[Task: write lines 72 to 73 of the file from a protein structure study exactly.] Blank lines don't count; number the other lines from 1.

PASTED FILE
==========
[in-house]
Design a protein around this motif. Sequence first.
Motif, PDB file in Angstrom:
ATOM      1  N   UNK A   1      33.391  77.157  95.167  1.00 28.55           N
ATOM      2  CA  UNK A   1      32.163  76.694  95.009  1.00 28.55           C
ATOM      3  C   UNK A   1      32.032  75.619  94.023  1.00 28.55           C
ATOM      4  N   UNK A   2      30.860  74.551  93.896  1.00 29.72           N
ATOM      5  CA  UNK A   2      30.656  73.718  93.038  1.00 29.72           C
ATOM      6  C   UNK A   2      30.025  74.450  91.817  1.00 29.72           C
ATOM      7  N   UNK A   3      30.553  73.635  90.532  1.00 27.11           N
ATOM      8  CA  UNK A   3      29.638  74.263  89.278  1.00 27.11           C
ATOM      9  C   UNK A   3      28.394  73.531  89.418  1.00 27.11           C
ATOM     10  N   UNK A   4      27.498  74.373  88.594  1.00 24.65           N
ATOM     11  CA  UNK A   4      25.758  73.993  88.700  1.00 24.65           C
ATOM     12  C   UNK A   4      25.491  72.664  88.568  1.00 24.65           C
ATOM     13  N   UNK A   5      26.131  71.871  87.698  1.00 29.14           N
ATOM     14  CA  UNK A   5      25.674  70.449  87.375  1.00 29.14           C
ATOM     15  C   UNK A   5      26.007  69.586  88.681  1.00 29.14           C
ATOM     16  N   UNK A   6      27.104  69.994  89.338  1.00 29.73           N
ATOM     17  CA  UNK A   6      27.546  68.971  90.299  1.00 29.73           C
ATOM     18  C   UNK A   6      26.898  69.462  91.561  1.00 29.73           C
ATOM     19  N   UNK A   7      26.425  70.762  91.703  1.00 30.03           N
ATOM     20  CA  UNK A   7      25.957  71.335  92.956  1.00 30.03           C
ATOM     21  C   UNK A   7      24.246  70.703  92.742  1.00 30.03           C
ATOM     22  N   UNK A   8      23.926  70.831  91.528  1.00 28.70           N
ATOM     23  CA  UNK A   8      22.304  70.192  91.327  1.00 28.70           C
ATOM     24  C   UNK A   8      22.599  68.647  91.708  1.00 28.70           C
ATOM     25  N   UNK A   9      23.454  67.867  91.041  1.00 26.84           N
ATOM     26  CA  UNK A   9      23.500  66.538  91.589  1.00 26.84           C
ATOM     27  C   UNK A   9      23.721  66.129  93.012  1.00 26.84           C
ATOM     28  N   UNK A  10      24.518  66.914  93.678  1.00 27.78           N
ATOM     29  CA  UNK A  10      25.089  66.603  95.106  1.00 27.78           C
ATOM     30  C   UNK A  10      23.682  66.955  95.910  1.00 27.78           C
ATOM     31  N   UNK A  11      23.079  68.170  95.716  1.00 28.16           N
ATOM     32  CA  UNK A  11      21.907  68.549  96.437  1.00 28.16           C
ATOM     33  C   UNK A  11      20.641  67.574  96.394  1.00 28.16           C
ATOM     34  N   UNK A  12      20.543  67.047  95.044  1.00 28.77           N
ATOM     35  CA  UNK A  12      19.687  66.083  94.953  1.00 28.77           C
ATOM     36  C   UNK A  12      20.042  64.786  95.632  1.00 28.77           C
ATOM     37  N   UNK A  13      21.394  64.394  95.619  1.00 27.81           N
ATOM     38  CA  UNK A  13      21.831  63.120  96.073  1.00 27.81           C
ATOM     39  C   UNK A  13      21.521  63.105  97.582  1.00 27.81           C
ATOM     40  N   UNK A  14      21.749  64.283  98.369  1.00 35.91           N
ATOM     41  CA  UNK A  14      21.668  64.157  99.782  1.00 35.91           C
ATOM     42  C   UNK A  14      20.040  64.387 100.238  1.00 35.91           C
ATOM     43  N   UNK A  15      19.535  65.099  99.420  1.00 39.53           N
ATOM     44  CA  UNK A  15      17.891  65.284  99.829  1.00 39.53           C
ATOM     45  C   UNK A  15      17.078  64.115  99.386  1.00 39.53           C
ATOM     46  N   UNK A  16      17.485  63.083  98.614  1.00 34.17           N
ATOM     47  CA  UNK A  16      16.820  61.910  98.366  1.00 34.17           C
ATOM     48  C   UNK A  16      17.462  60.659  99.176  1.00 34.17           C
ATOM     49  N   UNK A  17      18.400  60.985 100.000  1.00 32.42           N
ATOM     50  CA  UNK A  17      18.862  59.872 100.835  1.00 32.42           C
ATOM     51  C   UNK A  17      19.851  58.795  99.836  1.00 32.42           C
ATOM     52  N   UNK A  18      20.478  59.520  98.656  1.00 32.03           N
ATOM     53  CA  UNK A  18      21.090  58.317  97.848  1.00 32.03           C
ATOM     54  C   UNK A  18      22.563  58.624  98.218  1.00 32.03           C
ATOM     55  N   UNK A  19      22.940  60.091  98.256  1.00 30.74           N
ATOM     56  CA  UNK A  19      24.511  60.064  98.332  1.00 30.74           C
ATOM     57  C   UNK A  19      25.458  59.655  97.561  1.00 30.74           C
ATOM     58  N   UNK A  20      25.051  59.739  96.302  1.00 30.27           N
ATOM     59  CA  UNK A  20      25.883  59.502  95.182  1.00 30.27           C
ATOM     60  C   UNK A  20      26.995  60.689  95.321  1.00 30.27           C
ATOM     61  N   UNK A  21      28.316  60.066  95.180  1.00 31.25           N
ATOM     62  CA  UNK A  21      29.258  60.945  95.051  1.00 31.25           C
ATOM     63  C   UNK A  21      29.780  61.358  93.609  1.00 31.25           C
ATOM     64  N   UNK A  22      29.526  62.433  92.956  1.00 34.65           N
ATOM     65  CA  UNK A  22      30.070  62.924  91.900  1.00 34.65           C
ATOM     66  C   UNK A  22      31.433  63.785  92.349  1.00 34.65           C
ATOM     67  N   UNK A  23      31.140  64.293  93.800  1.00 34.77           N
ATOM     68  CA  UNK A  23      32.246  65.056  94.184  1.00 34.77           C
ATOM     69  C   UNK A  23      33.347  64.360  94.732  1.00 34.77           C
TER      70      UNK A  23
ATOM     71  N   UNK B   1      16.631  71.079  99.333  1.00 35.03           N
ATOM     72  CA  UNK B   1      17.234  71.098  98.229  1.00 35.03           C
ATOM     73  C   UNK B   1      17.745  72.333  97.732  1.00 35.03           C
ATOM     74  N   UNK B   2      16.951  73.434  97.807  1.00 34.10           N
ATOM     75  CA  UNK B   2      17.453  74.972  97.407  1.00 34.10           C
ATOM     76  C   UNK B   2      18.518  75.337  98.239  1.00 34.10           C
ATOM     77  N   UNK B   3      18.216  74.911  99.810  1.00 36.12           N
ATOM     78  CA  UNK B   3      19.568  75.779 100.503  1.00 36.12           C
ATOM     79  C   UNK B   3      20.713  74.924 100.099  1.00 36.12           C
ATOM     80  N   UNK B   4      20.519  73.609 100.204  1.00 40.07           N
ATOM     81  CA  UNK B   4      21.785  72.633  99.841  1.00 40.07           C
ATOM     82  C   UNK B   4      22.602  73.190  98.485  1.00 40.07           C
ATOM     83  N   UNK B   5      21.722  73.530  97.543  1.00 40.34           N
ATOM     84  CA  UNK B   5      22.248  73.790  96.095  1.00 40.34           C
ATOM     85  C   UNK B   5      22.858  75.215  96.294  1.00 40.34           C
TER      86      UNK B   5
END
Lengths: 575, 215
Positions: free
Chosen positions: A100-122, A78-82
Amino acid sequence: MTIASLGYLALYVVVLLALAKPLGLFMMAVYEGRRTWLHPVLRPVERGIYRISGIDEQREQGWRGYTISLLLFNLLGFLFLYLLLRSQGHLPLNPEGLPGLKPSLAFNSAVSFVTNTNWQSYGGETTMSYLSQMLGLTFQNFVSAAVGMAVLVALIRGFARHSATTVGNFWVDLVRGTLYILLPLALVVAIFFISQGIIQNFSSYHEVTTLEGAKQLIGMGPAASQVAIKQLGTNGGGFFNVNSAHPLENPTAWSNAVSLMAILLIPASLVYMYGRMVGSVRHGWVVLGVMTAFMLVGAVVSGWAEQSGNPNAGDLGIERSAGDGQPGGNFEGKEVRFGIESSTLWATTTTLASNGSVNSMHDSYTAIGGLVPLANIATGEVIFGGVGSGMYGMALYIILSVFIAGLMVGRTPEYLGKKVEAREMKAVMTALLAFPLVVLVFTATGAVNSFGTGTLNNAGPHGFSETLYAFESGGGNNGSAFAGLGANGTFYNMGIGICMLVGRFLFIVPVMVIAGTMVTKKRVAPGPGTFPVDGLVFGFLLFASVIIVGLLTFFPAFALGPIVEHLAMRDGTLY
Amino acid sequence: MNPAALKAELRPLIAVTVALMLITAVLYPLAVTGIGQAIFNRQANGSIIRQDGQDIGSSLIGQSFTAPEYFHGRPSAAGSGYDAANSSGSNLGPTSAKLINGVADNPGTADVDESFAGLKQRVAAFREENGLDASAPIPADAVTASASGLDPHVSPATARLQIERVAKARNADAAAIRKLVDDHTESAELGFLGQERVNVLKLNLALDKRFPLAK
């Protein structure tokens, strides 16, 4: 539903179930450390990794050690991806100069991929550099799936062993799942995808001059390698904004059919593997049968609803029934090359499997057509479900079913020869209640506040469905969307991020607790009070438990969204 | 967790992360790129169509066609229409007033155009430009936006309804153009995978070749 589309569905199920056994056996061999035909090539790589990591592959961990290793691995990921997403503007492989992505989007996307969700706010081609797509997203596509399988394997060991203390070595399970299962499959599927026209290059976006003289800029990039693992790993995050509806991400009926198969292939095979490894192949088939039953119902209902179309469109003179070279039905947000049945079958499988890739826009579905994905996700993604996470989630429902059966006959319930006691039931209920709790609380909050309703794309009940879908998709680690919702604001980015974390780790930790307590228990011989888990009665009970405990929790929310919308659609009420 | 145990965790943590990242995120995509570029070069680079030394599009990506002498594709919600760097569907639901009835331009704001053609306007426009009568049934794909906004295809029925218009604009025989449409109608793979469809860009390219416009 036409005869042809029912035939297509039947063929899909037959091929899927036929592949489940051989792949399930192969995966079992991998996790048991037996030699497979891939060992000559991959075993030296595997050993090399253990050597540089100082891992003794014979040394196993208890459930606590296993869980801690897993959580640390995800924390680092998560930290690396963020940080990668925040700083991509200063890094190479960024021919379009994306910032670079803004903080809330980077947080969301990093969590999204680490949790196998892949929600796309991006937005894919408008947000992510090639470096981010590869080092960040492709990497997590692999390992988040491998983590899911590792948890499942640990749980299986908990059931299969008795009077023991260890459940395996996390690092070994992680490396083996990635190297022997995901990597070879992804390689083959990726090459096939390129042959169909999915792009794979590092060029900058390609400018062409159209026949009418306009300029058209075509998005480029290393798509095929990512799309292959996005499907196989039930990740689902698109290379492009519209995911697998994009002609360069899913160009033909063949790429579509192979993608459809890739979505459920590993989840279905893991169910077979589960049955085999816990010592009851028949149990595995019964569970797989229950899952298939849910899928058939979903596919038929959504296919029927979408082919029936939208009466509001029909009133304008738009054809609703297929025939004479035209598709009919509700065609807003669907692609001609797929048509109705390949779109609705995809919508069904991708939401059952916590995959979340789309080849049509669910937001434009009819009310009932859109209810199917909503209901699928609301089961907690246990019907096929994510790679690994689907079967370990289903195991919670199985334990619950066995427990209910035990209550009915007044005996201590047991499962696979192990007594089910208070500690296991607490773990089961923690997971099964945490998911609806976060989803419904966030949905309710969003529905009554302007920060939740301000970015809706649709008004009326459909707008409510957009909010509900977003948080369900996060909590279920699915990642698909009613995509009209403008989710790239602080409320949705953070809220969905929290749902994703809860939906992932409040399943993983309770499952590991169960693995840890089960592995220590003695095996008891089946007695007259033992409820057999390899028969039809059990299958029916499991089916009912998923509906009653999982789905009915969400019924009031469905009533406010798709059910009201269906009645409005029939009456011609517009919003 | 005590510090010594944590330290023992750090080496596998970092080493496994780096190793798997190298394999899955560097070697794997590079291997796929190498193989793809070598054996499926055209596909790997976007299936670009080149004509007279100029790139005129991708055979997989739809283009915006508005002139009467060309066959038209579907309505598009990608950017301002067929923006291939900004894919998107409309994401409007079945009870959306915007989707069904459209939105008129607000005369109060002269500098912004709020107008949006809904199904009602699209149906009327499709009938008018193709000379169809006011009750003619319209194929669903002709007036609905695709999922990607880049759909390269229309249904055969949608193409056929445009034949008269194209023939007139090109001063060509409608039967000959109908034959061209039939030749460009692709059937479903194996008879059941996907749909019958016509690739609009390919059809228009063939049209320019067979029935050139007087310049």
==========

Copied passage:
ATOM     69  C   UNK A  23      33.347  64.360  94.732  1.00 34.77           C
TER      70      UNK A  23